The script executes the same steps you performed manually in the last section. The great benefit is that now you merely have to start the processing and you can walk away from the computer while the processing takes place.

6. To interpret the code, choose File > Evaluate All from the MAXScript window, and then close the MAXScript window. On the Utility tab of the Command Panel, click the Utilities drop-down list box in the MAXScript rollout and select Render Matte to display a new rollout.

7. You may have to scroll the panel upward to see the Render Matte rollout if your screen is set to a low resolution. You'll see a Render Matte rollout (see Figure 7.16) at the bottom of the Utility panel; inside this rollout, click the Get Path button.

Figure 7.16

The Render Matte rollout

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Ctrcese Otilpw: Prfh F:tst

Mends tech Ubpcl Shalt Render tie T Ns coijd teke e ft+ile...

Renders each ob.efi to T GA "hi fi ee! ese Is matted ttlp:^Sccltarritc(Lcctn tkise |

WARNING Choose the output path before starting the rendering process. If you don't, the script will not save your renderings. Note that the renderings use the output size settings in the Render Scene dialog box.

8. Select a folder on your hard drive to save the renderings in the Browse For Folder dialog box and click OK. Then click the Start Rendering button once. When the renderings are completed, a small dialog box informs you that the processing is complete.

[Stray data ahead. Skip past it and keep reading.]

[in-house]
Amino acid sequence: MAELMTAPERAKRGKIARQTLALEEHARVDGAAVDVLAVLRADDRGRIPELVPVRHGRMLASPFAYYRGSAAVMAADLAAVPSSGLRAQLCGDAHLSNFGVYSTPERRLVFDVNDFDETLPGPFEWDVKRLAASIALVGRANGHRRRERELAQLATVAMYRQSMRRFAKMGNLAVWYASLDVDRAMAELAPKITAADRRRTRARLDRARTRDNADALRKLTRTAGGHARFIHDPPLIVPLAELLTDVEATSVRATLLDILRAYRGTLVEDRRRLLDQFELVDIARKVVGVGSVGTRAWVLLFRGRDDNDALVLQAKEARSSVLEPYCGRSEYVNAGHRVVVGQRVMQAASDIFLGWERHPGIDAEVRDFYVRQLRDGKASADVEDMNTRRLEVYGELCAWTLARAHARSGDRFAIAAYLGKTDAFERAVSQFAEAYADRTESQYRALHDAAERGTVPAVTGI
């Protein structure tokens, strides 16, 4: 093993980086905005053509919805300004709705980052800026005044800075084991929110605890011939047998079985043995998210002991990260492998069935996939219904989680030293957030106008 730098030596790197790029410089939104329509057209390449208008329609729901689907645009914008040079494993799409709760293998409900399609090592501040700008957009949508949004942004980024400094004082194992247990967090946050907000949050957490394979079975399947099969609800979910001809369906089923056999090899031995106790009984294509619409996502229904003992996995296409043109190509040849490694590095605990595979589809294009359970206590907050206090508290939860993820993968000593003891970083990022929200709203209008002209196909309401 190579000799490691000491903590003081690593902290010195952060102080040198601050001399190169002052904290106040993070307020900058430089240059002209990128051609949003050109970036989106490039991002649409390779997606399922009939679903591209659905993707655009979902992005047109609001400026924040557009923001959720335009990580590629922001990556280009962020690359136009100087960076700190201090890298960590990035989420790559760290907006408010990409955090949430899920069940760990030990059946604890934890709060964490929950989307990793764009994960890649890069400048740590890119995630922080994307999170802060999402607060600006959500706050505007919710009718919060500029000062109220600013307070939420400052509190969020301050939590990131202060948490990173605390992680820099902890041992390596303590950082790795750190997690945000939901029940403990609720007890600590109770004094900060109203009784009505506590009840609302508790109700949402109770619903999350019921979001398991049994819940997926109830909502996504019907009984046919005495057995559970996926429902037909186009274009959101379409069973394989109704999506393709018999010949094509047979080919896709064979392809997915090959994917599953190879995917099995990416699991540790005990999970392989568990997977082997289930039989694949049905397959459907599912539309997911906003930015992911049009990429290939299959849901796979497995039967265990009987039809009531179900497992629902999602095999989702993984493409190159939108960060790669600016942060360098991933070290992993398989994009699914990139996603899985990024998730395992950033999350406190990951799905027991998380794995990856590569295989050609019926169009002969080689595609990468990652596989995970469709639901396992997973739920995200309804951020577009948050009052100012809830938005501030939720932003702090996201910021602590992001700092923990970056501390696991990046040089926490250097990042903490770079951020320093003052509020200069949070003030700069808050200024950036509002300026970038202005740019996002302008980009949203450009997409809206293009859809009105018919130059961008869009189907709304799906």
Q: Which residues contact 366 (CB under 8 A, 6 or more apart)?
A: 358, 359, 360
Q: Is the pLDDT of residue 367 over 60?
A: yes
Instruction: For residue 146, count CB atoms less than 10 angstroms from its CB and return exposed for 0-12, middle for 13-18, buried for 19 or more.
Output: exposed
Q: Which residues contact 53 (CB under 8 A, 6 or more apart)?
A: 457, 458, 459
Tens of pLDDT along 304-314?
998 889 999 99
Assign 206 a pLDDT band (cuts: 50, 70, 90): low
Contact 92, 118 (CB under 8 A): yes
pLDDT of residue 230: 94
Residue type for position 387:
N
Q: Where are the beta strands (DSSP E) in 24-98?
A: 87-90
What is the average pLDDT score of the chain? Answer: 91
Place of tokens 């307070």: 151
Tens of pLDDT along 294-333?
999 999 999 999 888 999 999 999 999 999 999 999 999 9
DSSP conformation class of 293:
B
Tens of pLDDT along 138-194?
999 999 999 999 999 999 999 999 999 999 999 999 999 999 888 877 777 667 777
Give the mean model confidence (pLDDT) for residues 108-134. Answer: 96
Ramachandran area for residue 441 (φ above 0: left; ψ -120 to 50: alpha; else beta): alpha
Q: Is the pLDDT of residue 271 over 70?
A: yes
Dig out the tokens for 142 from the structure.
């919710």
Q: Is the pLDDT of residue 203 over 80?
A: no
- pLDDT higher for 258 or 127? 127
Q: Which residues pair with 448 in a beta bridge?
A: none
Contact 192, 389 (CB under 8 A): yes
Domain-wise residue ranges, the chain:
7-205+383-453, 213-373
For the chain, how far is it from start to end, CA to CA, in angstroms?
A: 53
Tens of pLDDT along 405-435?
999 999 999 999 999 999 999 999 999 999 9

Figure 7.17 shows the Targa files output by the MAXScript in Windows Explorer; there will be one file per object in the 3D scene. Be patient while the renderings are processed; there is no progress bar to indicate how long it might take. The high-rise project should only take about a minute (there are nine objects), but complex projects can take much longer.

Figure 7.17

Rendered Targa files output from MAXScript

to Output


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+-ri: l • 4 ' a ^Search -_^jFddcrs


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Mn r^ j




1 Type


248 KB



438 KB

TC-A Fie

62 KB


Glass Rioht.tga

304 KB



213 KB



341 KB



55 KB



94 KB



41 KB





11.75 MB

My Computer


In your own projects, do a few test renders using the procedure in the earlier "Rendering Matted Objects with Alpha Channels" section. This will give you a sense for how long an average object takes to render. Multiply the number of objects in your scene by your best guess for an average frame time, and you'll have an idea how long the entire process will take. Then use the RenderMatte MAXScript to automate the process while you make better use of your time.